June 26, 2015
As of 2007, hydrocodone (i.e. Vicodin, Lortab) had become the most prevalently abused pharmaceutical drug throughout the United States. In the same year, methadone (used as a means of helping opiate addicts wean off of their drug of choice) was responsible for 785 deaths in the state of Florida alone.
Opiates have been a significant drug problem in the United States for over a decade. While in 1999 the rate of opiate abuse-related overdoses was around that of cocaine (about 4,000 per year), it grew by 21%to almost 17,000 in 2010. Since then, the number of prescription opiate-related fatalities has continued to climb as time has gone on.
As the number of deaths increased, so did the countrywide awareness of just how grave and widespread this problem with pharmaceutical drugs had become. As government officials began to take notice, strict programs were implemented and geared toward reducing the amount of prescription opiates available. At the same time, these programs have attempted to raise awareness among both law enforcement agents and the general public.
Prescription drop boxes were established throughout the country, allowing individuals to safely dispose of any unused, expired or unwanted prescriptions that may have otherwise been abused. Educational programs were brought to schools and to parents, and first responders were taught what to do in the case of a prescription opiate overdose.
On account of the immense dedication to the cause and the success of government implemented programs, the rates of pharmaceutical-related overdose finally began to decline. It seemed as if, at last, the devastating results of widespread and rampant opioid addiction were beginning to lessen.
Unfortunately, nationwide opiate abuse was far from over. Opiate addicts have not merely thrown up their hands and begrudgingly quit when their supply of pills ran out. Instead, many addicts turned to heroin, marketed on the streets as a cheaper and far more readily available narcotic opiate alternative.
Heroin is a narcotic made from alkaloids found in the opium poppy, just as hydrocodone is. For this reason, the two drugs are considered to be more or less equally harmful to the user, and at worst hydrocodone is extremely likely to progress into heroin addiction.
At the same time, heroin addiction poses a public health problem even graver than hydrocodone ever did It is much more addictive than hydrocodone, which tends to be about one-quarter of the strength of street heroin on a milligram for milligram basis. Though the harm it may cause has been demonstrated, hydrocodone is a pharmaceutical drug. As such, there is a measure of quality control, unlike with heroin, which is known to be “cut” with numerous other harmful substances.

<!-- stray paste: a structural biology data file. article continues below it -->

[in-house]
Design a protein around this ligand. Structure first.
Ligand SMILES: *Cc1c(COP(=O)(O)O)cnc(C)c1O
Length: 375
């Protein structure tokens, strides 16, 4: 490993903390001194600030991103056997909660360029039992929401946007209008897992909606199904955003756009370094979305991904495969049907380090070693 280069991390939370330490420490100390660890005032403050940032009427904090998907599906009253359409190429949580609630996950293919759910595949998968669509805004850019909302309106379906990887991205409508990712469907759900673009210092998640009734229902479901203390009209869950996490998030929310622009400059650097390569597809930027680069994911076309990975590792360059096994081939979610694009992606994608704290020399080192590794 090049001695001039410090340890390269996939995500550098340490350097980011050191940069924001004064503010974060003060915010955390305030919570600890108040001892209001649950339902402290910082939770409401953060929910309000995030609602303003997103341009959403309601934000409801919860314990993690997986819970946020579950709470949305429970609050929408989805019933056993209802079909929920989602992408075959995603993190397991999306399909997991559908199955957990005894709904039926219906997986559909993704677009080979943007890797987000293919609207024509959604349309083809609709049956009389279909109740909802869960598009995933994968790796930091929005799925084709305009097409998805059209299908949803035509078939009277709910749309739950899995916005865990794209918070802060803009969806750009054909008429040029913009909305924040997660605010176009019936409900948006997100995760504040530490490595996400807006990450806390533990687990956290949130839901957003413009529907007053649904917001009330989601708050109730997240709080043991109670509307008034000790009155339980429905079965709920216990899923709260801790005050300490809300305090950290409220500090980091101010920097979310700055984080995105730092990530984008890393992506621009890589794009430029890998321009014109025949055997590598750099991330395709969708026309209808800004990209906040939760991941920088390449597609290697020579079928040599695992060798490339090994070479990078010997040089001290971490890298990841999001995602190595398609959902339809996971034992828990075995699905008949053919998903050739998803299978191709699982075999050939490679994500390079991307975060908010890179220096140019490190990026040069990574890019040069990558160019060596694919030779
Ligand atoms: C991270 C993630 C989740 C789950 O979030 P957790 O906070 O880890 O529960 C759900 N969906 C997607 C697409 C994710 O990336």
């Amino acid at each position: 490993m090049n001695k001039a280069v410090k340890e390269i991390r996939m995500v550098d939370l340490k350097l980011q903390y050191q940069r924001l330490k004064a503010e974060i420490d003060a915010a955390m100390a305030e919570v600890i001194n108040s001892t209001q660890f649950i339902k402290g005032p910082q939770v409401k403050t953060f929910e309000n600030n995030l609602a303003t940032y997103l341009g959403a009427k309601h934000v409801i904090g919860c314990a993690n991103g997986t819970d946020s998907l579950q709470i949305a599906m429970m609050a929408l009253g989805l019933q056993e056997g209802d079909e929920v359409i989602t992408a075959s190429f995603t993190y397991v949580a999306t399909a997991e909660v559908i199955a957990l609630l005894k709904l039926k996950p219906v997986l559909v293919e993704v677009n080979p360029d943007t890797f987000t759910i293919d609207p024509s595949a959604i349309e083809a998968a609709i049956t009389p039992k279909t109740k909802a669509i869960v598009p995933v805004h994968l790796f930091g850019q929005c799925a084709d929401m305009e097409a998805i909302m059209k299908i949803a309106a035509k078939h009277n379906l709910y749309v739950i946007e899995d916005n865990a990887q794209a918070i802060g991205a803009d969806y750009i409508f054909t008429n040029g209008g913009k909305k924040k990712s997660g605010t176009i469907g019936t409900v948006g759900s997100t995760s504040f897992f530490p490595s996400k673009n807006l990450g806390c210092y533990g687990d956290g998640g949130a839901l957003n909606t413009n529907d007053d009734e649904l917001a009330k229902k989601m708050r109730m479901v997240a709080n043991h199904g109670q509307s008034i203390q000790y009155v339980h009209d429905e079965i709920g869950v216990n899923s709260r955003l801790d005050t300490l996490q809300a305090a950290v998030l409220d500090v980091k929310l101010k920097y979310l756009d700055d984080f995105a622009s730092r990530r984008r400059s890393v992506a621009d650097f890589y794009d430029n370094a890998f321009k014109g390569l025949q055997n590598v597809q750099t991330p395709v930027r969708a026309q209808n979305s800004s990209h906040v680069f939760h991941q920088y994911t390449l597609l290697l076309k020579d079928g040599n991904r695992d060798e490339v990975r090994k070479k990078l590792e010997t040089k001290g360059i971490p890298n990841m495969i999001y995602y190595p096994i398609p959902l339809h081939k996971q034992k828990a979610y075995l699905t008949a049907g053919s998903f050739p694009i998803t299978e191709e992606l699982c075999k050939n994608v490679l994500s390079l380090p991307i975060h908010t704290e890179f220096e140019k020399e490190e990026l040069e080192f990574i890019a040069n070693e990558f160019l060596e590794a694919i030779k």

Why would anyone throw their lives away to this substance, which is well known to be the most dangerous and addictive drugs in history? Many people who are now heroin addicts do not fit the conventional stereotype. They come from all walks of life and all demographics, age groups and genders.
It is story heard far too often – a young athlete is prescribed pain pills for a sports injury, gets hooked, and eventually dies a completely unexpected death due to a heroin overdose. A stay-at-home mother begins to take pain pills to help alleviate the stress of day-to-day life, looking to take the edge off but not by any stretch anticipating getting rapidly hooked. An adolescent boy falls into the wrong crowd and begins experimenting with his friends. He tries some OxyContin his friend has found in his mother’s medicine cabinet and immediately wonders how he can get more. Soon this young boy is living on the streets, having dropped out of school and unintentionally devoting the remainder of his youth to heroin.
Currently, heroin addiction is one of the major causes of premature fatality nationwide. Especially in regions across the east coast, heroin has killed thousands and continues to claim hundreds of lives on a daily basis.
Stricter regulations have been attempted. Public awareness has been raised. And all the while, this drug continues to take its toll. However, the shortcomings of public policy do not imply that the situation is hopeless. Rather, it implies that a new solution must be tried.
Addiction, whether it is to heroin or hydrocodone, is a medical disease. It must be medically treated. Without help, it can only get worse and progress: from pills to heroin to, eventually, death.
If you or someone you love has experienced this deadly progression, or is abusing prescription opiates and has not yet picked up intravenous drug use, it is crucial that professional help is sought immediately. Please call one a trained addiction treatment specialist today for a detailed explanation on what steps you should take in order to receive treatment as quickly as possible. Contact a Florida drug rehab program today to begin your recovery from addiction.